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[April 03, 2014]
Intel to open development center for smart devices in Shenzhen [China Daily: Hong Kong Edition]
(China Daily: Hong Kong Edition Via Acquire Media NewsEdge) Intel Corp is building its first global development center for smart devices in Shenzhen, the world's largest consumer electronics manufacturing hub, as its chief executive looks for profit growth from mobile devices in a post-personal computer era.
The US chipmaker is also starting a $100 million fund in China to encourage startups in the mobile sector, CEO Brian Krzanich, appointed to the post in May 2013, said on Wednesday. Intel is targeting 40 million tablet chip shipments in 2014 compared with 10 million last year.
"We have missed the tablet, but we will grab future trends, including wearable devices and the Internet of Things," Krzanich said.
The Shenzhen innovation center, primarily working on tablets, PCs and smartphones employs 300 people and will "grow with the ecosystems", Anthony Neal-Graves, head of Intel's research and development team in China, said. Intel isn't disclosing the scale of investment in the new facility, he said.
Shenzhen's position as the world's busiest mobile device manufacturing base was an obvious reason for Intel to set up research and development operations in the city.
James Wang, an analyst at research firm Canalys said Intel's move in Shenzhen will position itself as a "competitive challenger" in the cost-competitive tablet market.
Intel is subsidizing original equipment manufacturers (OEMs), who face additional costs by switching to Intel's chips, so the company can gain momentum in 2014, Wang said.
"By building the innovation center in Shenzhen, Intel can incorporate more local independent design houses and cost-competitive component suppliers into its tablet reference designs, which will eventually make Intel more price competitive with its ARM-based rivals," he said.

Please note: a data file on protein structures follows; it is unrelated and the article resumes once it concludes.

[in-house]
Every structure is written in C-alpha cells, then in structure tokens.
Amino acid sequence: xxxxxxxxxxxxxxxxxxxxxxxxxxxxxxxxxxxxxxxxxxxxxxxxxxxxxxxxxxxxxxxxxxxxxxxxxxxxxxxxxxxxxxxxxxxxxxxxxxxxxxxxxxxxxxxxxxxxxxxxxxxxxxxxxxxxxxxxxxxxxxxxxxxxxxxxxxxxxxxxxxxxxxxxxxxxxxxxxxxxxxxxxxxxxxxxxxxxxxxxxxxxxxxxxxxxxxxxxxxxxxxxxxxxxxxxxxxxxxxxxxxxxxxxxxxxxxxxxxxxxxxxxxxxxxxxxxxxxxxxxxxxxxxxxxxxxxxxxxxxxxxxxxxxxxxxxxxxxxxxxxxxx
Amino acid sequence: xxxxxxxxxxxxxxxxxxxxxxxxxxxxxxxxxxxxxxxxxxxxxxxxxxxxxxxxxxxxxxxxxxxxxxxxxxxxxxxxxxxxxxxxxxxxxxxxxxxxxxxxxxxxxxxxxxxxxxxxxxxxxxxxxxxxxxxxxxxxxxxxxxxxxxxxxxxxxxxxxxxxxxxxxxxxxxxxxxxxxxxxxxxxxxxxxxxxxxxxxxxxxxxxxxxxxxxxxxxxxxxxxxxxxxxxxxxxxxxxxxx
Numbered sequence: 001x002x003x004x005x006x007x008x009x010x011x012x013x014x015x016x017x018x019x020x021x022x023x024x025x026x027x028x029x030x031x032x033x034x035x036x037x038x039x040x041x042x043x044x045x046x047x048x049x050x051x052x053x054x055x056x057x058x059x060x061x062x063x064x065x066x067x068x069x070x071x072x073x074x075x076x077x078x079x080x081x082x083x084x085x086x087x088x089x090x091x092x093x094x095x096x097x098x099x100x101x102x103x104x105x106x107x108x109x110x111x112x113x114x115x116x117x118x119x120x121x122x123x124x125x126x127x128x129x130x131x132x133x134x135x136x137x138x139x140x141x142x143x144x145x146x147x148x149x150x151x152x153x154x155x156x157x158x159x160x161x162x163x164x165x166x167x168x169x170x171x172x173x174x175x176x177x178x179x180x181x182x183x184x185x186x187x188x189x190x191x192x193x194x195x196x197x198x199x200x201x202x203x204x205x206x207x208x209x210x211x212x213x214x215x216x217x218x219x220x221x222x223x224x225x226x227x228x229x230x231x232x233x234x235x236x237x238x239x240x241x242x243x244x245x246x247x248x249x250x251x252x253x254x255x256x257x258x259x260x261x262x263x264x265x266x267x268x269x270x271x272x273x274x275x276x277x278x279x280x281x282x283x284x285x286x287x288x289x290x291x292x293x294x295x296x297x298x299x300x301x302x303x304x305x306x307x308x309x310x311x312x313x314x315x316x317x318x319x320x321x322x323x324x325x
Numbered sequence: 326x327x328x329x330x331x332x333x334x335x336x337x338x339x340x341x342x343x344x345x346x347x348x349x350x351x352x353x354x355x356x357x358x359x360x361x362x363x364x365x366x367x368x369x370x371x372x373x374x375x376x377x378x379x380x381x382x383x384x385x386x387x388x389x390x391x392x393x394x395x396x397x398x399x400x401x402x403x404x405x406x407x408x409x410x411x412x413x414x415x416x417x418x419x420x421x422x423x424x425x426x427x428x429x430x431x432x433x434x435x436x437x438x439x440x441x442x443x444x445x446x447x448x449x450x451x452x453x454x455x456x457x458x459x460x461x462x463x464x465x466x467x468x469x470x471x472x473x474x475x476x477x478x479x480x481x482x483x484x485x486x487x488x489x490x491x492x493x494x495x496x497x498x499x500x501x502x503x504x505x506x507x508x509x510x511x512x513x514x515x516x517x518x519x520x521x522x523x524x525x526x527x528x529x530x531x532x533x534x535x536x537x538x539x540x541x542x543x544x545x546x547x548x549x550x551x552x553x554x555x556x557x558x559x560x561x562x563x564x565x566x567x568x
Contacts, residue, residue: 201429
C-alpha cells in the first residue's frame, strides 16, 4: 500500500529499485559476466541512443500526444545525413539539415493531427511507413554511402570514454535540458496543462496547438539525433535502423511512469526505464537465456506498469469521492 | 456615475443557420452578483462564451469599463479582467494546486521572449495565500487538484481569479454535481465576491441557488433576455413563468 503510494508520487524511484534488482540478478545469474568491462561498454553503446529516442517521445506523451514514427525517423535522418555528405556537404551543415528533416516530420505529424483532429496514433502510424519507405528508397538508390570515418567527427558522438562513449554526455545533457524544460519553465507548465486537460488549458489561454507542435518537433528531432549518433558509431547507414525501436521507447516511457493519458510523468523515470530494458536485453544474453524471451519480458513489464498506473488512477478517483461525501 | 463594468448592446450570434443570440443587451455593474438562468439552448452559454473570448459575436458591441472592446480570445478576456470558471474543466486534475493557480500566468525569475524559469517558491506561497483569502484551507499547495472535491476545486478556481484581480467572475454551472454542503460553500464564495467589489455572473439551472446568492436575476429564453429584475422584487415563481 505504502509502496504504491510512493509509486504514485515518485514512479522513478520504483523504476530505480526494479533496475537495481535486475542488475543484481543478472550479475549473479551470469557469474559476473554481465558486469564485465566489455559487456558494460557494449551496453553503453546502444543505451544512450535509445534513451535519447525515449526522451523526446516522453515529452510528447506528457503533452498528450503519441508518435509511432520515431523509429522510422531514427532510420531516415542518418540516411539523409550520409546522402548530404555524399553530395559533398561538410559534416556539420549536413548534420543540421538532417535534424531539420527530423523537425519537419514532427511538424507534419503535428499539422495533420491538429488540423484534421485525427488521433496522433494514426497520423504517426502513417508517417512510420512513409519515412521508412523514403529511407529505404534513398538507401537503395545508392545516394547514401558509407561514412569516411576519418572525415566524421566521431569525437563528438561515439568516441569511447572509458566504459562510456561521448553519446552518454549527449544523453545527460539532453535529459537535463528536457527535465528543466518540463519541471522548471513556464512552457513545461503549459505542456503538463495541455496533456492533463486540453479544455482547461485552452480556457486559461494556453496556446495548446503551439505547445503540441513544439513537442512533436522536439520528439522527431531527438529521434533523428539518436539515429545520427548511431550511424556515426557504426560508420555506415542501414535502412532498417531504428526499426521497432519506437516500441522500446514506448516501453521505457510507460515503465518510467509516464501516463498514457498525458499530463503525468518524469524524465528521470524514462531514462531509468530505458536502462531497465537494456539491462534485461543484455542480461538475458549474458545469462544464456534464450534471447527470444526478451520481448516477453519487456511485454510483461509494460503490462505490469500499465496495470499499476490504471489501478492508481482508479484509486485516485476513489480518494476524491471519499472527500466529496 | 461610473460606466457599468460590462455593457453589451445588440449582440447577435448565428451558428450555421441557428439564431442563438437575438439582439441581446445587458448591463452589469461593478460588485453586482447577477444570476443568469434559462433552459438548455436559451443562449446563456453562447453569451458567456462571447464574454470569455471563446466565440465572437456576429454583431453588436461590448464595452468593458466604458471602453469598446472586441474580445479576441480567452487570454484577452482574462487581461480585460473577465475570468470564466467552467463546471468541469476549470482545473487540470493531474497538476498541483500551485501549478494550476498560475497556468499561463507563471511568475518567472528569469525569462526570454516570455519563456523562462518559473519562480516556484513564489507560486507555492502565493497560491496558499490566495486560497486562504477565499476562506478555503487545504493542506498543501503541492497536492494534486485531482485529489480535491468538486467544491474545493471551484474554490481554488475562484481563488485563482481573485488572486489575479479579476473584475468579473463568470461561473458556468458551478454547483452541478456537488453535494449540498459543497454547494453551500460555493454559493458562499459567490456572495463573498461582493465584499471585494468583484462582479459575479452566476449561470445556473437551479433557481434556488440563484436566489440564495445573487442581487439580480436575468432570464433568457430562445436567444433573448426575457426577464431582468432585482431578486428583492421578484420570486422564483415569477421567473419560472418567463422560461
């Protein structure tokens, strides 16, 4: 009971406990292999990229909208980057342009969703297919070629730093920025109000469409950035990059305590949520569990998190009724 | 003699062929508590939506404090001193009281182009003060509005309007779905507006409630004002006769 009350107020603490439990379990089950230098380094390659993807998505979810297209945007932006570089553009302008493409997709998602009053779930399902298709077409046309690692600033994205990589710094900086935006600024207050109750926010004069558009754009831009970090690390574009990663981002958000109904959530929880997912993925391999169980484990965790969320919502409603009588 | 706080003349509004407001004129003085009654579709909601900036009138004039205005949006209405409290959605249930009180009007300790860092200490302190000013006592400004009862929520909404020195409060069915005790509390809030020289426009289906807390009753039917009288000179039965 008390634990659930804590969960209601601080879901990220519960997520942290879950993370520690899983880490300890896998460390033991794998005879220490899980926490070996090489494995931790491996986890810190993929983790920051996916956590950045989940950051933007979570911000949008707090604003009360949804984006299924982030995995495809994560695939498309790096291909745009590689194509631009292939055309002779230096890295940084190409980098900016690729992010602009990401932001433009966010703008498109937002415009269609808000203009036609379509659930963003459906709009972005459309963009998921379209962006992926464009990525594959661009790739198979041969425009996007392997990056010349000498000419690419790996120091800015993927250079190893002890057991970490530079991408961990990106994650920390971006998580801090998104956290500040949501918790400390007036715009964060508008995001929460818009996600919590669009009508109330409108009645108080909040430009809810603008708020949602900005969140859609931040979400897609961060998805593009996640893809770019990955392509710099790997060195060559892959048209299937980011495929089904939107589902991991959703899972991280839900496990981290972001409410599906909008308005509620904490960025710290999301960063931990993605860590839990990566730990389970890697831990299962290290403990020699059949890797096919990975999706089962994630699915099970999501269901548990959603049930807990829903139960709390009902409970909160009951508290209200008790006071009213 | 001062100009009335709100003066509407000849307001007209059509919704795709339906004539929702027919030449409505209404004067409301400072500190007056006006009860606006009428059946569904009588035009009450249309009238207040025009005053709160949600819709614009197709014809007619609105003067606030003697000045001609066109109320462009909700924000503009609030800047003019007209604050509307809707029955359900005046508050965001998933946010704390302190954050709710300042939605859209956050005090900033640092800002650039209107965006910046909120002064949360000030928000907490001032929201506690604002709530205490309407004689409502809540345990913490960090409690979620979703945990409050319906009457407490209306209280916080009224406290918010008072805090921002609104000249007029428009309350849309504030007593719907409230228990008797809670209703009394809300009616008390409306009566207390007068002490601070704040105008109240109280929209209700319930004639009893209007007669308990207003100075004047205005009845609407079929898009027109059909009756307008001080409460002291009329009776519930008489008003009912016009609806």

Besides targeting Chinese OEMs, analysts believe the new investments will also help Intel gain more design wins from tier one vendors such as Acer Inc, ASUSTek Computer Inc and Hewlett-Packard Development Co LP.
The companies are increasing their shipment of cost-competitive products.
Chinese mainland vendors, such as ZTE Corp and Lenovo Group Ltd, are also pursued by Intel for x86 powered phones and tablets.
Intel dominated PC chip manufacturing over past decades but gradually lost its edge to competitors because smartphone and tablet chips need stronger power efficiency.
Intel's x86-based chips were famous for high computing performance with power demands exceeding the capability of mobile devices. The British-designed ARM architecture quickly gained market share by compromising some computing ability to power efficiency.
Intel's total investment in China has reached $4.5 billion. It has R&D teams in Beijing and Shenzhen and manufacturing plants in Chengdu and Dalian.
Global smartphone shipment exceeded 1 billion units last year, a 40 percent year-on-year jump, according to a report by International Data Corp. China's smartphone shipments could hit 360 million this year.
By the end of 2017, the total consumer smart device install base in the nation will reach 1.2 billion, IDC said.
firstname.lastname@example.org A visitor walks past an Intel display during the first China (Shanghai)International Technology Fair in Shanghai last May. Provided to China Daily (China Daily 04/03/2014 page16) (c) 2014 China Daily Information Company. All Rights Reserved. Provided by Syndigate.info, an Albawaba.com company
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